Summer reading suggestions

It’s Summer, or something like it, so hopefully you’ve got some time off and maybe you’ll be able to get round to reading something good, like you’ve been meaning to for a while. Here’s some of the books I’ve read recently which I reckon are worth considering...


Capital, John Lanchester
A state-of-the-nation novel describing London on the cusp of the financial crisis. Lanchester fills his story with so many familiar characters and ideas – Polish plumbers, traffic wardens, terrorism fears – that it can already seem slightly out-of-date (no iPhones, no Twitter?) and most of the plot strands are simple and populated by caricatures, but as a description of London and modern British concerns it rings true.

Bring Up The Bodies, Hilary Mantel
If you like history and fiction but gave up on the BBC’s The White Queen after five minutes because it was clearly anachronistic nonsense, you’ll enjoy Mantel’s evocation of the court of Henry VIII. Henry might be a history cliché, but Mantel’s focus is his minister, Thomas Cromwell. It feels real and dangerous, as complicated as life is. This is a sequel to Wolf Hall, so you should start there if you haven’t read that already. If you’ve read both, A Place of Great Safety captures the wild chaos of the French Revolution with similar success. (Longer appreciation here.)

Peace Like A River, Leif Enger
A Christian novel that isn’t covered in syrup and doesn’t sound like a preach? This is a rare treat. (Longer appreciate here.)

And always, always, read Gilead by Marilynne Robinson. It requires your full attention, so a chilled summer holiday may be the best time for it. (Longer appreciation here.)

Science and culture

The Brain is Wider Than The Sky, Bryan Appleyard
An interesting and passionate exploration of what it means to be human, and how some current thinking threatens this. (Longer appreciation here.)

Why do Christians believe what they do?

If God Then What?, Andrew Wilson
A book full of questions, and questions about the answers you've been living with. It races along at a tremendous speed: wry, readable and possibly slightly tiring. If you’re not a Christian, this atheist encourages you to read what he describes as “disappointingly good” and extending “a hand of friendship rather than a wagging finger of disapproval”. If you’re a Christian, you’ll be challenged and encouraged, the perfect combination.


The Good God, Michael Reeves
At one point in this exploration of the Trinity, Reeves says that he doesn’t want to write “a hulking beast of a book”. The Good God certainly has the Hulk’s heft, even if it has the appearance of Bruce Banner. He introduces some of history’s great theologians and thinkers, inviting you to get to know them better. The breadth to his understanding of the themes in Scripture, linking Old Testament hints with New Testament proclamations, etc. is stunning. And it’s all about how wonderful God is. There seem to be far more Christian books about doing things than about the God we profess to love, so bring a bit of correction to that by reading this.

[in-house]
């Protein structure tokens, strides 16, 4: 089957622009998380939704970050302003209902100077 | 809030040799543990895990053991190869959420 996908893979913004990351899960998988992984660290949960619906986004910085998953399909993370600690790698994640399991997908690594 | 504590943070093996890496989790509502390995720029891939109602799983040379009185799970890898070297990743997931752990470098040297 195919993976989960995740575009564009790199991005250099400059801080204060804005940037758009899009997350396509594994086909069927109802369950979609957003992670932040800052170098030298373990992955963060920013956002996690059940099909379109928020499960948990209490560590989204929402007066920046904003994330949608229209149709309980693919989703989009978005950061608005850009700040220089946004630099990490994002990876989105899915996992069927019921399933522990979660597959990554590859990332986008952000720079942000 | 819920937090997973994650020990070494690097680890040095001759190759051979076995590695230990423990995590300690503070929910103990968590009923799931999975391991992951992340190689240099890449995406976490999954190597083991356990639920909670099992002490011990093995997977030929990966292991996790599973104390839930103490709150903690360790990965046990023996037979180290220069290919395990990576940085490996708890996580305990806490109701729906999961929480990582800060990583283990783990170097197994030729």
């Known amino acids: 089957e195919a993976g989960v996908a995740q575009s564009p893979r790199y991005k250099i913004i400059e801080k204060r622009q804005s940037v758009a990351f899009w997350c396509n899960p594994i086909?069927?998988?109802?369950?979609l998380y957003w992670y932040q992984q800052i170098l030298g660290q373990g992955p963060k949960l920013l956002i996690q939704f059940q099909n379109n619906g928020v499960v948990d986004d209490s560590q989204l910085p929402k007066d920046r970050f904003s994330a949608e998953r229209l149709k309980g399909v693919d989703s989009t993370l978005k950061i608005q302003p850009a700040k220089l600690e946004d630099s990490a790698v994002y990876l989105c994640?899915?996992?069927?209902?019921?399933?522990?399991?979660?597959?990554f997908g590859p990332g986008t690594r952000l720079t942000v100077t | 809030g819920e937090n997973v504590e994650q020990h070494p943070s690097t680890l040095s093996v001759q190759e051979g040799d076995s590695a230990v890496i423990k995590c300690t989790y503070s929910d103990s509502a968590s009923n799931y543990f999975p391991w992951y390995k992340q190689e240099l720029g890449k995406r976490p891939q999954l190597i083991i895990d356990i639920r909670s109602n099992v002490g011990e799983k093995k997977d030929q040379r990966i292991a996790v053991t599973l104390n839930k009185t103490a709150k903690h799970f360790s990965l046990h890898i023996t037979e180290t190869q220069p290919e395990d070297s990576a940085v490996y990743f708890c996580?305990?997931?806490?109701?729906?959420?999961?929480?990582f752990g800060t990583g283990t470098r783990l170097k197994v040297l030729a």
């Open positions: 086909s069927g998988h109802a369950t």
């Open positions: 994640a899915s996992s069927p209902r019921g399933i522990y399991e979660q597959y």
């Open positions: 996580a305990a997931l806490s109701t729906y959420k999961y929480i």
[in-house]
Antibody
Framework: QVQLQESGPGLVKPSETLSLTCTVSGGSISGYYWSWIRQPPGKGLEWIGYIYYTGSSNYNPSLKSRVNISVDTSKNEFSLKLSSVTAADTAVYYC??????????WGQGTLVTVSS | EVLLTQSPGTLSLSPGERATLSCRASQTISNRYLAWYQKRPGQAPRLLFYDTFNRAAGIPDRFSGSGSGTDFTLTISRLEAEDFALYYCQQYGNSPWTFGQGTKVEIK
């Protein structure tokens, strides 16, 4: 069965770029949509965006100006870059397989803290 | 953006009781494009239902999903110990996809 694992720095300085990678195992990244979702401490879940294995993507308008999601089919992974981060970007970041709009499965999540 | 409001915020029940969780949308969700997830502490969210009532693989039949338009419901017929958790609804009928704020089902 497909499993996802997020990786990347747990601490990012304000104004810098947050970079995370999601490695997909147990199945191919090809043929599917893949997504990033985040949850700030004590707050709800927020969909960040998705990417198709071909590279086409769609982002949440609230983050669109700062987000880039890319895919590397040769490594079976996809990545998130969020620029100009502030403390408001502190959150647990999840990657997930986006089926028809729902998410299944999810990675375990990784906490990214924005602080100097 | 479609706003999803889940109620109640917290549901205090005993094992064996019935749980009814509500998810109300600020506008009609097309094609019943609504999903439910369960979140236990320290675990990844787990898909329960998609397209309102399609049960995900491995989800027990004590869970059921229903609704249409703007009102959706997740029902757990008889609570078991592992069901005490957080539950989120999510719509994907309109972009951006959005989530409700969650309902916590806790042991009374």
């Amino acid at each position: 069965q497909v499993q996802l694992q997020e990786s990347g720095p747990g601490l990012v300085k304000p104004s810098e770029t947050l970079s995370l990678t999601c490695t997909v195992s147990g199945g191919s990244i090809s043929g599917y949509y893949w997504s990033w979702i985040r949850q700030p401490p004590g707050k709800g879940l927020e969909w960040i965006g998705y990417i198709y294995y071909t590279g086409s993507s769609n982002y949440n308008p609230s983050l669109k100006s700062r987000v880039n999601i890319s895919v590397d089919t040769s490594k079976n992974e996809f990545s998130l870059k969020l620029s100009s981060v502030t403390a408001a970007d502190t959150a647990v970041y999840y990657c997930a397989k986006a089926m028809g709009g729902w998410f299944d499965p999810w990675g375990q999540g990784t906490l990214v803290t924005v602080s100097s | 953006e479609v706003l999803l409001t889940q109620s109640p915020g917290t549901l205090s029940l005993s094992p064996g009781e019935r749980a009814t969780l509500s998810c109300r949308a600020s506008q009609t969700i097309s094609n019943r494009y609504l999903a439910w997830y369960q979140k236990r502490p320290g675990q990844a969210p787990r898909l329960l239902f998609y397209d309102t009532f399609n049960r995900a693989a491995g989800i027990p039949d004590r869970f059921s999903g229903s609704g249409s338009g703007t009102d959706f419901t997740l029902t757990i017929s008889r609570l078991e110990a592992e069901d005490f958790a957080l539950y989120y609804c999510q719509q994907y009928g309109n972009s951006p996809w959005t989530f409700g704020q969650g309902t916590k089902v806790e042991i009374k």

Gagging Jesus, Phil Moore
I’ve been considering recently how Christians need to present a more accurate picture of Jesus: trouble-maker, certain, master of circumstances not victim... and now along comes Phil Moore with this quick-fire examination of some of the most controversial things He said. I’ve only read a sample chapter and seen the contents page so far, but I know Phil and trust that he’ll be truthfully provocative.

Understanding the Bible

God’s Big Picture, Vaughan Roberts
If you struggle to understand what the Bible is really about, losing sight of the wood among so many trees, then this short and easy-to-read book could help you. Roberts shows how the Bible really is a coherent story from Genesis to Revelation. Understanding this will enable you to better comprehend what you read on a daily basis.

New Studies in Biblical Theology series
Often when books describe themselves as “scholarly and accessible” they’re one or the other. I think this series gets the balance right, enabling most of us to consider themes in the Bible (Jesus’ meals with sinners, the use of the shepherd metaphor, etc.) in more detail than usual without drowning in a sea of footnotes and original language fonts. Have a look through the subjects here, each title has an explanatory page.